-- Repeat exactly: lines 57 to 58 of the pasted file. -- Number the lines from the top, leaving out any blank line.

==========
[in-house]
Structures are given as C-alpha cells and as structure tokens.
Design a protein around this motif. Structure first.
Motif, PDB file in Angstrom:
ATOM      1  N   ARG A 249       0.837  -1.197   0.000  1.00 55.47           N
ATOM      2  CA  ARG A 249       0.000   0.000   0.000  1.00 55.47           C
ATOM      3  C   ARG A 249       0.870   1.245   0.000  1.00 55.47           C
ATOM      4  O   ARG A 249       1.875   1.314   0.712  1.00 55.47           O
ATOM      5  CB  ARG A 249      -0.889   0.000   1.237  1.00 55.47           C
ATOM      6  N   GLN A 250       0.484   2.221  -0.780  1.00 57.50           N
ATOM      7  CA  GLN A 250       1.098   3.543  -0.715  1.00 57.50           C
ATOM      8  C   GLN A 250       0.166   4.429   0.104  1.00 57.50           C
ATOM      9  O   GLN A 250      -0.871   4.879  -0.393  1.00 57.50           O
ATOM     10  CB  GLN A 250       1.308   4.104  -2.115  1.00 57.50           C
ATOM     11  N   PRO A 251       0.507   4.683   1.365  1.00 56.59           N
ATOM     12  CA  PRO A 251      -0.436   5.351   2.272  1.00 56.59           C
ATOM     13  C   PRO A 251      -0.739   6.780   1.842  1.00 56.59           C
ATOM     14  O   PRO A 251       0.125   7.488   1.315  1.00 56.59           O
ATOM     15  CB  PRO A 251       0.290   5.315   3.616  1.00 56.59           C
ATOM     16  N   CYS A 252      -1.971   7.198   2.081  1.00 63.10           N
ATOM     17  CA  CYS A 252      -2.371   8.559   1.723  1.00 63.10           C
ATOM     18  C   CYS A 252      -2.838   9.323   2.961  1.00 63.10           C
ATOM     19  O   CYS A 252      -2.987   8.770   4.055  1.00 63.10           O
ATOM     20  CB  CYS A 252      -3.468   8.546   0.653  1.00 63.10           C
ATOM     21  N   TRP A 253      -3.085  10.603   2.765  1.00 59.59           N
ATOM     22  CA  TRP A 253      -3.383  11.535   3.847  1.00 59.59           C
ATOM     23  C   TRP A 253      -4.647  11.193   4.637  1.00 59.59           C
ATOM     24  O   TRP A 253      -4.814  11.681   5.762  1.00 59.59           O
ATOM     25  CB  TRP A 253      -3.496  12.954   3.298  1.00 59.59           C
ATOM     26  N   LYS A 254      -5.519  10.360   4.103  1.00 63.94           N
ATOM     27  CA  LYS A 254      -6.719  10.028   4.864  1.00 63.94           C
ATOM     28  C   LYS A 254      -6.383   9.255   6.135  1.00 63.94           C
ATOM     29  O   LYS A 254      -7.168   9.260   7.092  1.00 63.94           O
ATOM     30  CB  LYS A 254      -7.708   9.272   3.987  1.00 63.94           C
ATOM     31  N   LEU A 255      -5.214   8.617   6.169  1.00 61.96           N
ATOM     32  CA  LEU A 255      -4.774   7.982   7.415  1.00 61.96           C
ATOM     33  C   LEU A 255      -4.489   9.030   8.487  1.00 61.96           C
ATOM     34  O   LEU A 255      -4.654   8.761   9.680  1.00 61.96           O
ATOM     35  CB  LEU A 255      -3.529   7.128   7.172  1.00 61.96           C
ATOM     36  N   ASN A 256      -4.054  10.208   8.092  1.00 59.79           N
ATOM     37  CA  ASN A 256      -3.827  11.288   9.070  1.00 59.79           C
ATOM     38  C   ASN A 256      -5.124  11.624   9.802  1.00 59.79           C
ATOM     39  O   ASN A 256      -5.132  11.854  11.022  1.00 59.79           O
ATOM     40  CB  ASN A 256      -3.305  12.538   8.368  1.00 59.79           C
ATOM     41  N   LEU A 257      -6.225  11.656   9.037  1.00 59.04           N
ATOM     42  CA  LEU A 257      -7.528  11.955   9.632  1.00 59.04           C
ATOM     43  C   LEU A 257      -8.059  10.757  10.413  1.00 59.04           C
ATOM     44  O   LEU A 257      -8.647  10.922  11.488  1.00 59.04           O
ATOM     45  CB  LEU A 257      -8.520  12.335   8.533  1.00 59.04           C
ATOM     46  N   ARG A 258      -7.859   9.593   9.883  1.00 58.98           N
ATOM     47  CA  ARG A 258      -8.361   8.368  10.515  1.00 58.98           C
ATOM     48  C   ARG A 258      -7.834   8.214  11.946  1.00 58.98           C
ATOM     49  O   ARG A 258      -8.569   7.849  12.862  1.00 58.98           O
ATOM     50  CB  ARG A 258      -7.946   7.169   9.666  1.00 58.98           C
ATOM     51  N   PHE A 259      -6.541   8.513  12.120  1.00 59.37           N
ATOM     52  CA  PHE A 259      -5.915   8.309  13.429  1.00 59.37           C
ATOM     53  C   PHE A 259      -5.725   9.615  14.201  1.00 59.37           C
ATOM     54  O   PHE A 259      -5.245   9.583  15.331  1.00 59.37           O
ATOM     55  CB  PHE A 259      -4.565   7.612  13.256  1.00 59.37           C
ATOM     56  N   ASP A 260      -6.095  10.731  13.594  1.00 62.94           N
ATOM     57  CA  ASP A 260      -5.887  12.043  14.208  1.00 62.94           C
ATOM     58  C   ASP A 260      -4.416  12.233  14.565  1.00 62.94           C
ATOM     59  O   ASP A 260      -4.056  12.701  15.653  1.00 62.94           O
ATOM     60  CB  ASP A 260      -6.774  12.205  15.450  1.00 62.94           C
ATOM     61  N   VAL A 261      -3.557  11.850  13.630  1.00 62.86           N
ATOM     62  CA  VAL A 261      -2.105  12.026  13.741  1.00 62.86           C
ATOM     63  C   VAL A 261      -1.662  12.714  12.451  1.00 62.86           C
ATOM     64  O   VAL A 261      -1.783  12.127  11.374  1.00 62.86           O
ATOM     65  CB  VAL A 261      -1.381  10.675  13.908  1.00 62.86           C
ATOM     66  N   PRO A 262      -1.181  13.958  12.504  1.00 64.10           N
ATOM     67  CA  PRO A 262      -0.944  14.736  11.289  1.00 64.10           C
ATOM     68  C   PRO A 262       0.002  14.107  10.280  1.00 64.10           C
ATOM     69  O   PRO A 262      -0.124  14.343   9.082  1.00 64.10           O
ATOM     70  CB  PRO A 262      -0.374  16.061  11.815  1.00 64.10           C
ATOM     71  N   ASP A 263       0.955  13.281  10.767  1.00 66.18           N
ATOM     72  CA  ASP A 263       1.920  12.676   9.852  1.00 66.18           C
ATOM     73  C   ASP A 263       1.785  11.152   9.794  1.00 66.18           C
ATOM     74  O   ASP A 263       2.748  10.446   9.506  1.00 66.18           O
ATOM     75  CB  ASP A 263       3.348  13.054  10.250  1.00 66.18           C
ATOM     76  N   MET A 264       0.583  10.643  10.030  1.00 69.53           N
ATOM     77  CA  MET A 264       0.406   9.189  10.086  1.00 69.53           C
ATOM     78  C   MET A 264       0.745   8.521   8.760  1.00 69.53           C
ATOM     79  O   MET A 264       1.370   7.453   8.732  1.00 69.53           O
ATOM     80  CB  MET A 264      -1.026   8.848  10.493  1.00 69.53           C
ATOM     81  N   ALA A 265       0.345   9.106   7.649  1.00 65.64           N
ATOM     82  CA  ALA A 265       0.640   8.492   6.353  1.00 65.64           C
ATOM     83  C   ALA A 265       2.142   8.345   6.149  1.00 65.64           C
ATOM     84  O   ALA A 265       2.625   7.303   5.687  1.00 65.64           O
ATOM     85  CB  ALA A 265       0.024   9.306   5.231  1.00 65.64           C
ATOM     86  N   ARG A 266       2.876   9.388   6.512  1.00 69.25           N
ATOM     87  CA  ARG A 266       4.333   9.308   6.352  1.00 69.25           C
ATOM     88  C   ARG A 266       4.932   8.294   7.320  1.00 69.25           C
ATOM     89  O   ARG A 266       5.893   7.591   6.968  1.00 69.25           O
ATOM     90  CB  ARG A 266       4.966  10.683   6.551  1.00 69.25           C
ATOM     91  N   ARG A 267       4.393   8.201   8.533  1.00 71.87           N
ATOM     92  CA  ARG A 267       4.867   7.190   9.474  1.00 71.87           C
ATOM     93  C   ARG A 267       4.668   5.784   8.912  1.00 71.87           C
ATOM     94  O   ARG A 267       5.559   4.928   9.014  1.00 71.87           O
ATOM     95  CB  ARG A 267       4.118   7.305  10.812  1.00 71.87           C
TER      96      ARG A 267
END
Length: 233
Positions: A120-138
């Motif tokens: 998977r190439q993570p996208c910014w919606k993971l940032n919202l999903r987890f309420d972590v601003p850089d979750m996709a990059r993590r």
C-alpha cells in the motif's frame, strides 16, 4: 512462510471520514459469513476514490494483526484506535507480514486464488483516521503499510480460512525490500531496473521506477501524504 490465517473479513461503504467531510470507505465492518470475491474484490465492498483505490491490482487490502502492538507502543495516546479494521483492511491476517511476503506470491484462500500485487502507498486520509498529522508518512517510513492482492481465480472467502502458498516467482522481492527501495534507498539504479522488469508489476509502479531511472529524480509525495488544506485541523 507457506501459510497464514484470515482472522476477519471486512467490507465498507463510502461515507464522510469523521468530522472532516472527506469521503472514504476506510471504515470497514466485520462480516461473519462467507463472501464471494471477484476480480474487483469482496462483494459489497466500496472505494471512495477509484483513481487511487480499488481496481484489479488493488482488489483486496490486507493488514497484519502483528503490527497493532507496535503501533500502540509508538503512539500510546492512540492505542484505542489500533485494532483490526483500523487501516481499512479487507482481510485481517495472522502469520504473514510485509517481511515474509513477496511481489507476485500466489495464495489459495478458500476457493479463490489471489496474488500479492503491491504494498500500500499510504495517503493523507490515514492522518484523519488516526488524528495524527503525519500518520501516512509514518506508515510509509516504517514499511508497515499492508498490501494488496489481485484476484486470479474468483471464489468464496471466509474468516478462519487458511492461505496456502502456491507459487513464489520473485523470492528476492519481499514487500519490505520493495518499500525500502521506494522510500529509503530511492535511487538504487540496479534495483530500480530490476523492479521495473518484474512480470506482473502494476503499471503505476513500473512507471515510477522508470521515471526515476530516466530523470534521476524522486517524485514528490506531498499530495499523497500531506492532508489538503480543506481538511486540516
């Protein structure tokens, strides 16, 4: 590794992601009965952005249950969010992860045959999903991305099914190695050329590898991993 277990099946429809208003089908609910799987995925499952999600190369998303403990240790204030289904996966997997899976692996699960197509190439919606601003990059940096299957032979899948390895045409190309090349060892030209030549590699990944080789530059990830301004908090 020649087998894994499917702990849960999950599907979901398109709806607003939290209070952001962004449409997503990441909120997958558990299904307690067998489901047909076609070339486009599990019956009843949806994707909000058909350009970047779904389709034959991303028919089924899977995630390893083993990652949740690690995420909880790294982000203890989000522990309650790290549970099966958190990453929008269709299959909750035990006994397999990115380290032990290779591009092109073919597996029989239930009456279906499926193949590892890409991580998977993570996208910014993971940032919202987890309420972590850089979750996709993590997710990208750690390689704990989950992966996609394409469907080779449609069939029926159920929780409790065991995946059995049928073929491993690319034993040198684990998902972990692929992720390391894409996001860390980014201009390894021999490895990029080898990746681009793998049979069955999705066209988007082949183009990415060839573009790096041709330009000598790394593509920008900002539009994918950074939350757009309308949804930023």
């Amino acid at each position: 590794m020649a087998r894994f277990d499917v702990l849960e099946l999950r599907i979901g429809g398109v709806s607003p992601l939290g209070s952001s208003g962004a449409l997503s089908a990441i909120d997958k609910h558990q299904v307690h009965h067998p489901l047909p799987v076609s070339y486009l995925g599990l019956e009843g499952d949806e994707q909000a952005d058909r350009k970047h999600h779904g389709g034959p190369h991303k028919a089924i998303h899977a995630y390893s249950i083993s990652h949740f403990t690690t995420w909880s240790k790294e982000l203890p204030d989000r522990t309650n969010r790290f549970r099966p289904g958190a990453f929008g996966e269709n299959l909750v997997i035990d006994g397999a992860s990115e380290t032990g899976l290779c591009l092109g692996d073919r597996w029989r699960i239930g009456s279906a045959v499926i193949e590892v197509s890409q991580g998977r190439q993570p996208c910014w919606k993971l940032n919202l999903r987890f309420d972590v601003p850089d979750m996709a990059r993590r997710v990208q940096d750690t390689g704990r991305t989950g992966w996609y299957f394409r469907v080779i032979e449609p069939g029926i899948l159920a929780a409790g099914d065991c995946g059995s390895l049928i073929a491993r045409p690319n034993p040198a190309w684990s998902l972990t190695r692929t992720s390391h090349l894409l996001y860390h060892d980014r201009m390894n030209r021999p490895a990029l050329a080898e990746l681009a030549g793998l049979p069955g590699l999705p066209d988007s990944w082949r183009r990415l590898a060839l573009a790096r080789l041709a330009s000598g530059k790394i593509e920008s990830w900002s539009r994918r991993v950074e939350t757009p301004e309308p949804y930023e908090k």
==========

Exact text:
ATOM     53  C   PHE A 259      -5.725   9.615  14.201  1.00 59.37           C
ATOM     54  O   PHE A 259      -5.245   9.583  15.331  1.00 59.37           O